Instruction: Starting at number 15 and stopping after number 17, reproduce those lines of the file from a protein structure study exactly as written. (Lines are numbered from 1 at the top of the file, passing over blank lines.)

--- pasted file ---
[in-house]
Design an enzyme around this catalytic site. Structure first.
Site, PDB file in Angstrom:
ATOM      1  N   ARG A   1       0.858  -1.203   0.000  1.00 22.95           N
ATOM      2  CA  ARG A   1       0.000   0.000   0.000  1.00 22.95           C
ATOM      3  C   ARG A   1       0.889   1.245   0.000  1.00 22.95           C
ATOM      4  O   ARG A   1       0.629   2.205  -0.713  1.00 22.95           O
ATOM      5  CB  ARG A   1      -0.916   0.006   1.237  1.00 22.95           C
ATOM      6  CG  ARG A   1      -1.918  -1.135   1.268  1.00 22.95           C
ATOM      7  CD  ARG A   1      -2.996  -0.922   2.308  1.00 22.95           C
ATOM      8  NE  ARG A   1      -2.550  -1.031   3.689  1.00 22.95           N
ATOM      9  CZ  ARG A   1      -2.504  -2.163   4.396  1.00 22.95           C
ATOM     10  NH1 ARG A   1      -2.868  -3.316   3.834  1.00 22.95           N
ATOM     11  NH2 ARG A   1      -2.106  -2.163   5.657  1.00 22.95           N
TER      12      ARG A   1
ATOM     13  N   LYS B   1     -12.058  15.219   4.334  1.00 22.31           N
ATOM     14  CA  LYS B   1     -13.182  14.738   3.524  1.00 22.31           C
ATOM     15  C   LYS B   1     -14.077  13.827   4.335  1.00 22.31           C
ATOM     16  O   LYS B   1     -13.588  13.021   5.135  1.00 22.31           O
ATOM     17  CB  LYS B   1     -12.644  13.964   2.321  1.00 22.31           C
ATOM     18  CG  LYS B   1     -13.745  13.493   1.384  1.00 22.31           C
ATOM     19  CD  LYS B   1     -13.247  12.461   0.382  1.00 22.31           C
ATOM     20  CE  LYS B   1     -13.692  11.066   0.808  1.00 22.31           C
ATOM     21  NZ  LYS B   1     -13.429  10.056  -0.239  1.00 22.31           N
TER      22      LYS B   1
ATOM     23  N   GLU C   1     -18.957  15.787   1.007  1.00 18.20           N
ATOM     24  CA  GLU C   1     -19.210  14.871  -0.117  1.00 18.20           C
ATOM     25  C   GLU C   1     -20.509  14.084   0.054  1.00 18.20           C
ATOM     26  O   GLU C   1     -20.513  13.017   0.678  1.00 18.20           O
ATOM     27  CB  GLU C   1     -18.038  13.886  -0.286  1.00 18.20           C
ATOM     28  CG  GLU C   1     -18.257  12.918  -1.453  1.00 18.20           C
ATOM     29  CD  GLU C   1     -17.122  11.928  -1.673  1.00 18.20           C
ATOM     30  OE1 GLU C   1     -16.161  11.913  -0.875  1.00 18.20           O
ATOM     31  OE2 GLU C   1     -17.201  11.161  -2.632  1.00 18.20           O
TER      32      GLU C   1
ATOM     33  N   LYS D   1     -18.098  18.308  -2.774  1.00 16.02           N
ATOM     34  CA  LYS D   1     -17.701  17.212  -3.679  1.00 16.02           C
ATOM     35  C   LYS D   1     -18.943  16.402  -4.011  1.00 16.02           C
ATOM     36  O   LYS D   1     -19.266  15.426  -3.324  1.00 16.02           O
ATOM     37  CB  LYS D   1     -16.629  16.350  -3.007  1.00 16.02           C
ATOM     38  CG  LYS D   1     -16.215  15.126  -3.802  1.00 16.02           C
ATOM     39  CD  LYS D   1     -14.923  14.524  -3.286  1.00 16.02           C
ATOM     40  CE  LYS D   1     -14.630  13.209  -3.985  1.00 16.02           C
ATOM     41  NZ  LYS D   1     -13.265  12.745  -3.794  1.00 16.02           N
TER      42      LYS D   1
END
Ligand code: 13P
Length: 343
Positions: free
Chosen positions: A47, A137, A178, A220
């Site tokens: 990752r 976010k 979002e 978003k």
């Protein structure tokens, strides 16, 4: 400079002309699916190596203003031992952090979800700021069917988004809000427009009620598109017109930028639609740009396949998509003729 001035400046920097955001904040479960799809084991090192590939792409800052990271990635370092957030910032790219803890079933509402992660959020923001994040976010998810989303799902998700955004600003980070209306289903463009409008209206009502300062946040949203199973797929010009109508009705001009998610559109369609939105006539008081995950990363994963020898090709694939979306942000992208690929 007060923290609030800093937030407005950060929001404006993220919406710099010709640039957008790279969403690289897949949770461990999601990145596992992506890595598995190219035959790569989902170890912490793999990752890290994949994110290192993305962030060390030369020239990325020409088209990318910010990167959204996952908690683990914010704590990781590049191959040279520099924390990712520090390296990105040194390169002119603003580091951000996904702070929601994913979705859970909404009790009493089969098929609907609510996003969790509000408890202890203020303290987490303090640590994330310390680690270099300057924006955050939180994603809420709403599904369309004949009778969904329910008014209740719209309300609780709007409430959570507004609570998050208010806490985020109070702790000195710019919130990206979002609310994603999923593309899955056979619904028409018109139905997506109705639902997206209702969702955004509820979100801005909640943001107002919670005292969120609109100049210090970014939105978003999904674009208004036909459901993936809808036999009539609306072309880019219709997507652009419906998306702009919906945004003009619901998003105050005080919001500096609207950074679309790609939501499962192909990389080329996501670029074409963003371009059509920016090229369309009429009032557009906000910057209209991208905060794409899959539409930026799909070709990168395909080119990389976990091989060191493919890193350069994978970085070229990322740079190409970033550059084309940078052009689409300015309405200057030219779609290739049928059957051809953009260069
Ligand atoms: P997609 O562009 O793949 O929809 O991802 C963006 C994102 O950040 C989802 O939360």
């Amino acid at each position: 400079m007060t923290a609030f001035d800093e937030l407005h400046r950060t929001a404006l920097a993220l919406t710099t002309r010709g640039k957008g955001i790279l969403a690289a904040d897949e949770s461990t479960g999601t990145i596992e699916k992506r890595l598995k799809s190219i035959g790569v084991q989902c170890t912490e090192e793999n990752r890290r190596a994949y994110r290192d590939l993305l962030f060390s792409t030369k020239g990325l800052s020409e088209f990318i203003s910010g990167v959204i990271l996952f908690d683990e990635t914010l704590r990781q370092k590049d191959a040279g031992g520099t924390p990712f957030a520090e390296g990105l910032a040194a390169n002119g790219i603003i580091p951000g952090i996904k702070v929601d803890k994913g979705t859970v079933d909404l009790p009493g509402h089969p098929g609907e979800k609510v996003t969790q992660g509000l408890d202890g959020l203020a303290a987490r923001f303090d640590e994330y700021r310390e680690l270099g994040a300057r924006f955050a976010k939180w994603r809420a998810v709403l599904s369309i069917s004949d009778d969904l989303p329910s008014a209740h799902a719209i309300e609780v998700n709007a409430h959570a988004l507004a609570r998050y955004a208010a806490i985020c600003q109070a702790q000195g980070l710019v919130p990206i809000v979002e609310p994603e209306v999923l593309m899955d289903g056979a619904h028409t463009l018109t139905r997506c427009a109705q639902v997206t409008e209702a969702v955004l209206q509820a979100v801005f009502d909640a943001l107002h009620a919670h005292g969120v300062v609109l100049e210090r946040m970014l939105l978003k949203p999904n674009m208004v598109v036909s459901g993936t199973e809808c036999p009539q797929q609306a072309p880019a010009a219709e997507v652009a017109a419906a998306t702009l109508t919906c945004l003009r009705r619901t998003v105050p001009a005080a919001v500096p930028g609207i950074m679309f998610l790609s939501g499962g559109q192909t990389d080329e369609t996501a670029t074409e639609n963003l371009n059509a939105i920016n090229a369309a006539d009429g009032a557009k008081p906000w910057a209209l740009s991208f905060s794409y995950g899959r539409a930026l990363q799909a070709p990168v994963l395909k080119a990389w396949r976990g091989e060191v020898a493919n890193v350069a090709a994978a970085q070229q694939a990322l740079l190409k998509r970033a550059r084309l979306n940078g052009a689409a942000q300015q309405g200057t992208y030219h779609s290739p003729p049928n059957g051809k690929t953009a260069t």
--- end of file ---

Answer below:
TER      12      ARG A   1
ATOM     13  N   LYS B   1     -12.058  15.219   4.334  1.00 22.31           N
ATOM     14  CA  LYS B   1     -13.182  14.738   3.524  1.00 22.31           C